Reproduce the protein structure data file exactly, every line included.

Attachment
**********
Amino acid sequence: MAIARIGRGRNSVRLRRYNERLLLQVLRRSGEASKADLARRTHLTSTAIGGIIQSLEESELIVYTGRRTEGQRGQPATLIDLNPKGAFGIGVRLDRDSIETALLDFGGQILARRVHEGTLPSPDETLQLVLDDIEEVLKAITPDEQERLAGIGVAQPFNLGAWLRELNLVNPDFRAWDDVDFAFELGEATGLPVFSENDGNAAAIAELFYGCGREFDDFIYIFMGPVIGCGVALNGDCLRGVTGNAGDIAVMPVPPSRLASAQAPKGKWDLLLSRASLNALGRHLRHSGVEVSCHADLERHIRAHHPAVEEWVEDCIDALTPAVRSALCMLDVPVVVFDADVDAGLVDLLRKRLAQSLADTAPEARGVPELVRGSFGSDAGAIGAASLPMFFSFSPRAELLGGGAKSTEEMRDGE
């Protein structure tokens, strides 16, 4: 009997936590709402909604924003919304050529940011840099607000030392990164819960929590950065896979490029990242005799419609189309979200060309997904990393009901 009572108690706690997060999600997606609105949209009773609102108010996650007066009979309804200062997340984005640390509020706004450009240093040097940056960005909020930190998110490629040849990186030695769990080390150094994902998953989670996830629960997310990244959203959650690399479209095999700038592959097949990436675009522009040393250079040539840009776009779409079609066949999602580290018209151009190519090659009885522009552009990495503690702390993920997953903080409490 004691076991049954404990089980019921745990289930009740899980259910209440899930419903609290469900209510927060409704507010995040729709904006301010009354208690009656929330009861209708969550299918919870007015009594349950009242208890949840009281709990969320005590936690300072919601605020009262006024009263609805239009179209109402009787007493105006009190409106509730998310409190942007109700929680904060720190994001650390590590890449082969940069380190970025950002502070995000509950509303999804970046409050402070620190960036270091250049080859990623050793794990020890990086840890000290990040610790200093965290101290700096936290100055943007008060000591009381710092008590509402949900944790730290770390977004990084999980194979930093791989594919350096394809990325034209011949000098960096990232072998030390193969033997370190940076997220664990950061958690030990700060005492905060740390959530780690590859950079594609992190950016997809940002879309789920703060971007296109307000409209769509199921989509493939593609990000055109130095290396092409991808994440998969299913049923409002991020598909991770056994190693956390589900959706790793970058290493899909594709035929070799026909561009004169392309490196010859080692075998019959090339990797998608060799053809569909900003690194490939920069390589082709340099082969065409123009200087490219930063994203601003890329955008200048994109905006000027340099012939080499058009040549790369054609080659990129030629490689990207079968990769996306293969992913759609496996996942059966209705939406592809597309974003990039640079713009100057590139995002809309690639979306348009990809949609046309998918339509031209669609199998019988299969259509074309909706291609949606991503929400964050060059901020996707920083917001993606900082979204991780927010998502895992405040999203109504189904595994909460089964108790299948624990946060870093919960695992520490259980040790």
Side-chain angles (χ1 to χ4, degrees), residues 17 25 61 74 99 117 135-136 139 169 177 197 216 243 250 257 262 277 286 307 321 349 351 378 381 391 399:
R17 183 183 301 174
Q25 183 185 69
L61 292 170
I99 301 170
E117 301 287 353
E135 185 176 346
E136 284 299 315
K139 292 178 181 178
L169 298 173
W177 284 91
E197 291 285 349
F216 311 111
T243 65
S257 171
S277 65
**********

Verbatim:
Amino acid sequence: MAIARIGRGRNSVRLRRYNERLLLQVLRRSGEASKADLARRTHLTSTAIGGIIQSLEESELIVYTGRRTEGQRGQPATLIDLNPKGAFGIGVRLDRDSIETALLDFGGQILARRVHEGTLPSPDETLQLVLDDIEEVLKAITPDEQERLAGIGVAQPFNLGAWLRELNLVNPDFRAWDDVDFAFELGEATGLPVFSENDGNAAAIAELFYGCGREFDDFIYIFMGPVIGCGVALNGDCLRGVTGNAGDIAVMPVPPSRLASAQAPKGKWDLLLSRASLNALGRHLRHSGVEVSCHADLERHIRAHHPAVEEWVEDCIDALTPAVRSALCMLDVPVVVFDADVDAGLVDLLRKRLAQSLADTAPEARGVPELVRGSFGSDAGAIGAASLPMFFSFSPRAELLGGGAKSTEEMRDGE
């Protein structure tokens, strides 16, 4: 009997936590709402909604924003919304050529940011840099607000030392990164819960929590950065896979490029990242005799419609189309979200060309997904990393009901 009572108690706690997060999600997606609105949209009773609102108010996650007066009979309804200062997340984005640390509020706004450009240093040097940056960005909020930190998110490629040849990186030695769990080390150094994902998953989670996830629960997310990244959203959650690399479209095999700038592959097949990436675009522009040393250079040539840009776009779409079609066949999602580290018209151009190519090659009885522009552009990495503690702390993920997953903080409490 004691076991049954404990089980019921745990289930009740899980259910209440899930419903609290469900209510927060409704507010995040729709904006301010009354208690009656929330009861209708969550299918919870007015009594349950009242208890949840009281709990969320005590936690300072919601605020009262006024009263609805239009179209109402009787007493105006009190409106509730998310409190942007109700929680904060720190994001650390590590890449082969940069380190970025950002502070995000509950509303999804970046409050402070620190960036270091250049080859990623050793794990020890990086840890000290990040610790200093965290101290700096936290100055943007008060000591009381710092008590509402949900944790730290770390977004990084999980194979930093791989594919350096394809990325034209011949000098960096990232072998030390193969033997370190940076997220664990950061958690030990700060005492905060740390959530780690590859950079594609992190950016997809940002879309789920703060971007296109307000409209769509199921989509493939593609990000055109130095290396092409991808994440998969299913049923409002991020598909991770056994190693956390589900959706790793970058290493899909594709035929070799026909561009004169392309490196010859080692075998019959090339990797998608060799053809569909900003690194490939920069390589082709340099082969065409123009200087490219930063994203601003890329955008200048994109905006000027340099012939080499058009040549790369054609080659990129030629490689990207079968990769996306293969992913759609496996996942059966209705939406592809597309974003990039640079713009100057590139995002809309690639979306348009990809949609046309998918339509031209669609199998019988299969259509074309909706291609949606991503929400964050060059901020996707920083917001993606900082979204991780927010998502895992405040999203109504189904595994909460089964108790299948624990946060870093919960695992520490259980040790």
Side-chain angles (χ1 to χ4, degrees), residues 17 25 61 74 99 117 135-136 139 169 177 197 216 243 250 257 262 277 286 307 321 349 351 378 381 391 399:
R17 183 183 301 174
Q25 183 185 69
L61 292 170
I99 301 170
E117 301 287 353
E135 185 176 346
E136 284 299 315
K139 292 178 181 178
L169 298 173
W177 284 91
E197 291 285 349
F216 311 111
T243 65
S257 171
S277 65